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Conferences, Lectures, & Seminars
Events for October

  • AME PhD Student Seminar

    Fri, Oct 02, 2020 @ 03:00 PM - 04:00 PM

    Aerospace and Mechanical Engineering

    Conferences, Lectures, & Seminars


    Speaker: Adie Alwen, USC AME PhD Student

    Talk Title: Inverted cylindrical magnetron sputtering deposition on complex substrates

    Abstract: This work seeks to investigate the influence of cathode target geometry on gas discharge plasmas and resulting deposition mechanisms during inverted cylindrical magnetron sputtering on non-planar 3D substrates.

    Biography: Adie grew up in San Luis Obispo, California, and graduated from UCLA with a BS in Materials Engineering. Adie joined the Hodge Nanotechnology Research group in 2019 as a graduate researcher and Ph.D. student. Currently, Adie works on the synthesis of thin films and nanocrystalline microstructures, as well as plasma characterization. Following graduate studies, Adie aims to work in the aerospace industry in nanomaterials research and development.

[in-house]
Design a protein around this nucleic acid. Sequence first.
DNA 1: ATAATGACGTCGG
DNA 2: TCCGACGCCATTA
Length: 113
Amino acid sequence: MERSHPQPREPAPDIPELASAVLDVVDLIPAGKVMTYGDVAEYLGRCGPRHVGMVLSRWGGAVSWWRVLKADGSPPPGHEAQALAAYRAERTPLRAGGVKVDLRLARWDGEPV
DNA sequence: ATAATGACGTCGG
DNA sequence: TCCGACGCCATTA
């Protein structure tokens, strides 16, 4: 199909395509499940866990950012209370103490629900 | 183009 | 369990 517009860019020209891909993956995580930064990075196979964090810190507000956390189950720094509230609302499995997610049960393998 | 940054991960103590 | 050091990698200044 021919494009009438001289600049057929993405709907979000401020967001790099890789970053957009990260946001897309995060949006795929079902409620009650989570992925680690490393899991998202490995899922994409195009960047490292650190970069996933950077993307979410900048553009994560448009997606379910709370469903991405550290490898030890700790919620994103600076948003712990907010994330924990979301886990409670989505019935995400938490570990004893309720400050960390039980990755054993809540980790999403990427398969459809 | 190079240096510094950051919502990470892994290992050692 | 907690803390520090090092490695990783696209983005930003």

Host: AME Department

    More Info: https://usc.zoom.us/j/92144809085

    Audiences: Everyone Is Invited

    Posted By: Christine Franks

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  • Astani Department of Civil and Environmental Engineering Seminar

    Mon, Oct 05, 2020 @ 04:00 PM - 05:00 PM

    Sonny Astani Department of Civil and Environmental Engineering

    Conferences, Lectures, & Seminars


    Speaker: Dr. Ange-Therese Akono, Department of Civil and Environmental Engineering, Northwestern University

    Talk Title: Inorganic-Organic Nanomaterial Composites for Advanced Civil, Energy, and Biomedical Application

    Abstract: See attached.

    Host: Dr. Qiming Wang

    More Information: Ange-Therese Akono Abstract-Bio_10520.pdf

    Location: Zoom Meeting

    Audiences: Everyone Is Invited

    Posted By: Evangeline Reyes

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  • USC Spatial Sciences Institute Brown Bag Talk

    Tue, Oct 06, 2020 @ 12:30 PM - 01:30 PM

    Computer Science

    Conferences, Lectures, & Seminars


    Speaker: Dr. Howard Hu, Chair, Department of Preventive Medicine, Keck School of Medicine of USC

    Talk Title: The Global Burden of Disease Pollution

    Abstract: This brown bag session which will be held on Tuesday October 6, 2020 from 12:30-1:30 pm PST, RSVP: https://usc.zoom.us/meeting/register/tJIscuqsqjksG9YnVxO91UU9hXXK-RRaSVOt